James Howard

James Howard, negro, was given the extreme penalty in the Jefferson circuit court for the murder of his common law wife, Lucy Buckner. He stabbed his victim to death with a knife. This killing took place April 17, 1926. It is disclosed by the evidence that Howard ran his victim down and stabbed her to death while she was trying to escape from him. Howard was jealous of another negro, which appears to have incited the killing.

Clarence McQueen

Clarence McQueen, negro, was indicted in the Harrison circuit court and given the death penalty for the murder of Louis Williams, another negro. McQueen is a negro about forty years of age. He and Williams were neighbors and had been friends for a long time. On April 25, 1927, while under the influence of liquor, McQueen, who had a shotgun, came upon Williams on the river bank where they became involved in a difficulty and McQueen shot Williams to death. He then escaped and was not apprehended until September, 1927, when he was returned to Cynthiana and placed on trial.

William Moore

William Moore, negro, was indicted and tried in the Jefferson [… omitted text …] Anna Eslick, who appears to have been his sweetheart, and who was the wife of another negro. This killing took place in the absence of any eye witness, but while the evidence against Moore was largely circumstantial, at the same time it was practically conclusive that Moore killed the woman, by beating her to death with a beer bottle.

The state of Georgia supplemented the day’s grim toll with a “mere” double electrocution of Sam Gower and Preddis Taylor, while two men more, Will Burdo and Greene Kirk, hanged in separate executions by two Mississippi counties.

On this day..

Entry Filed under: 20th Century,Capital Punishment,Common Criminals,Crime,Death Penalty,Disfavored Minorities,Electrocuted,Execution,Kentucky,Mass Executions,Murder,Racial and Ethnic Minorities,USA

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1838: William Moore, thirsty for blood

Add comment February 26th, 2018 Headsman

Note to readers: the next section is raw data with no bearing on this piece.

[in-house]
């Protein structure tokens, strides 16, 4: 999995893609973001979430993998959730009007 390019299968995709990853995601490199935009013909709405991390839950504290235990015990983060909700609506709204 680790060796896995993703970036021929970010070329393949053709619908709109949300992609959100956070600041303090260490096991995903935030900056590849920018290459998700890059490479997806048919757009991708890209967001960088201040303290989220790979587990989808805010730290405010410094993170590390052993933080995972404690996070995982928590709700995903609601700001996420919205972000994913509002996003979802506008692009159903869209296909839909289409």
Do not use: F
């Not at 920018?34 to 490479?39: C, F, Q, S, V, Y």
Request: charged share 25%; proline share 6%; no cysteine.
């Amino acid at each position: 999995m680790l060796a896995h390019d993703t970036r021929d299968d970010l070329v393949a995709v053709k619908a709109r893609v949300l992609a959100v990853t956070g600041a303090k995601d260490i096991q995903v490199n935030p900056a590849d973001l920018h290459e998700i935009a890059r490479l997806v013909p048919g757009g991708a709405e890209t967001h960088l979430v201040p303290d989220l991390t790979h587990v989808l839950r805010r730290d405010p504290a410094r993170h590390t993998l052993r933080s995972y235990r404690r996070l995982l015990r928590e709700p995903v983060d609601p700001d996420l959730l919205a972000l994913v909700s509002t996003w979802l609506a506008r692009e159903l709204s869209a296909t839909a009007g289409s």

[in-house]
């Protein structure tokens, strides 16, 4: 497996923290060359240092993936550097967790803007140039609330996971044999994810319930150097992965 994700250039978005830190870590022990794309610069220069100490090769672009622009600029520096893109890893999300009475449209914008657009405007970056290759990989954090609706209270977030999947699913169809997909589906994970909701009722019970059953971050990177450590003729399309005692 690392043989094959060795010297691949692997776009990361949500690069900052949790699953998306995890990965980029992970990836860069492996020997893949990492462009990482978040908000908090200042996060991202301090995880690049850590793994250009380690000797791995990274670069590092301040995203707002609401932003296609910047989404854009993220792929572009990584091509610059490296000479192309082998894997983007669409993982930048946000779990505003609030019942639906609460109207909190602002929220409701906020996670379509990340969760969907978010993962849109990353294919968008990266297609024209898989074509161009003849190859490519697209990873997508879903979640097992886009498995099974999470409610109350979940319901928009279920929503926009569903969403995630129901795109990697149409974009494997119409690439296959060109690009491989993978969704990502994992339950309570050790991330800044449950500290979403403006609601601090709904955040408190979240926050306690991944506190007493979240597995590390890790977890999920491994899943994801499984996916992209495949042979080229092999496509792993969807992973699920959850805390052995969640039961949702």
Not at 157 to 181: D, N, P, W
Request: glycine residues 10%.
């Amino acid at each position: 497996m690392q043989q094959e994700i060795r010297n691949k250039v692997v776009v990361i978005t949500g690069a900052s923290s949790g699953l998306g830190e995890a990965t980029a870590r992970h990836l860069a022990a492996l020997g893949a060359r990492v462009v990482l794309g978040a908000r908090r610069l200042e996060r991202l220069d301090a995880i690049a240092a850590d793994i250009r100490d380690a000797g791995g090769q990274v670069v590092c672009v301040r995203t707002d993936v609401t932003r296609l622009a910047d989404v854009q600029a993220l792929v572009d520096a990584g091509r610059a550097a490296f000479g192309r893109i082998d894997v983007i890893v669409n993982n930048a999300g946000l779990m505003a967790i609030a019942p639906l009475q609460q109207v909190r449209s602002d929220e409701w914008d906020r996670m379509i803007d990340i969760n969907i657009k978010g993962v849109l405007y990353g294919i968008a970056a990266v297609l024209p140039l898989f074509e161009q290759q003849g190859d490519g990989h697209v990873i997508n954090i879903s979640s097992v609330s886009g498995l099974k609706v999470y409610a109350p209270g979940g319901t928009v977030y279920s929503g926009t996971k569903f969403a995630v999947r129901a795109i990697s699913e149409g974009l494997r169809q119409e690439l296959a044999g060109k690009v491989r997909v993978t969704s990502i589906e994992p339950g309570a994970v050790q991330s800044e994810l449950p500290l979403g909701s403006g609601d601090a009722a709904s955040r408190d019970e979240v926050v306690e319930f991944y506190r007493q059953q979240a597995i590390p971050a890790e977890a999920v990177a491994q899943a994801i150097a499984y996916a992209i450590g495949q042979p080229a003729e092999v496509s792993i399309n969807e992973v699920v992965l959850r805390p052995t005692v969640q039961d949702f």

On this date in 1838, William Moore hanged at High Street, Maitland, New South Wales, a mere 25 days after slaughtering his master.

Australian convicts were commonly assigned to work for the free population — as Moore was to a butcher named John Hoskins/Hosking. Pissed that Hosking had reported him absent to the police when he ditched work the previous day, Moore on February 1st got drunk and

made an attack upon him with a knife, and inflicted six wounds, either of which would have caused death; he then left the house with the bloody knife in his hand, and wiping the blood off with his hand, he put it to his lips, saying, “This is flash Hosking’s heart’s blood, and, thank God! I have got a good appetite to eat it.” He then drew his finger along the blade, licked off the blood, and swallowed it!

The blood-licking was the least of it. Once the maniac was overpowered and the butcher’s shop examined, well,

[t]he first thing, which met the eye on entering, was a stream of gore flowing over the shop, and proceeding backwards by the track of blood visible on the floor, the body of the unfortunate Hoskins was discovered perfectly lifeless, his throat cut through to the bone, the vertebral column broken and a frightful gash on the chin; independent of these wounds, which were enough to have destroyed him, there was a second in the pit of the stomach, a third in the region of the heart, a fourth in the right side, a fifth above the hip, from which the intestines protruded in a frightful manner, a sixth across the arm, and a seventh, by which his left thumb was nearly severed from his body, that had evidently been inflicted when the unfortunate man was struggling with his murderer.

He was hanged to the hisses of a hostile populace at the site of Hoskins’s house.

On this day..

Entry Filed under: 19th Century,Australia,Capital Punishment,Common Criminals,Crime,Death Penalty,Execution,Hanged,Murder,Public Executions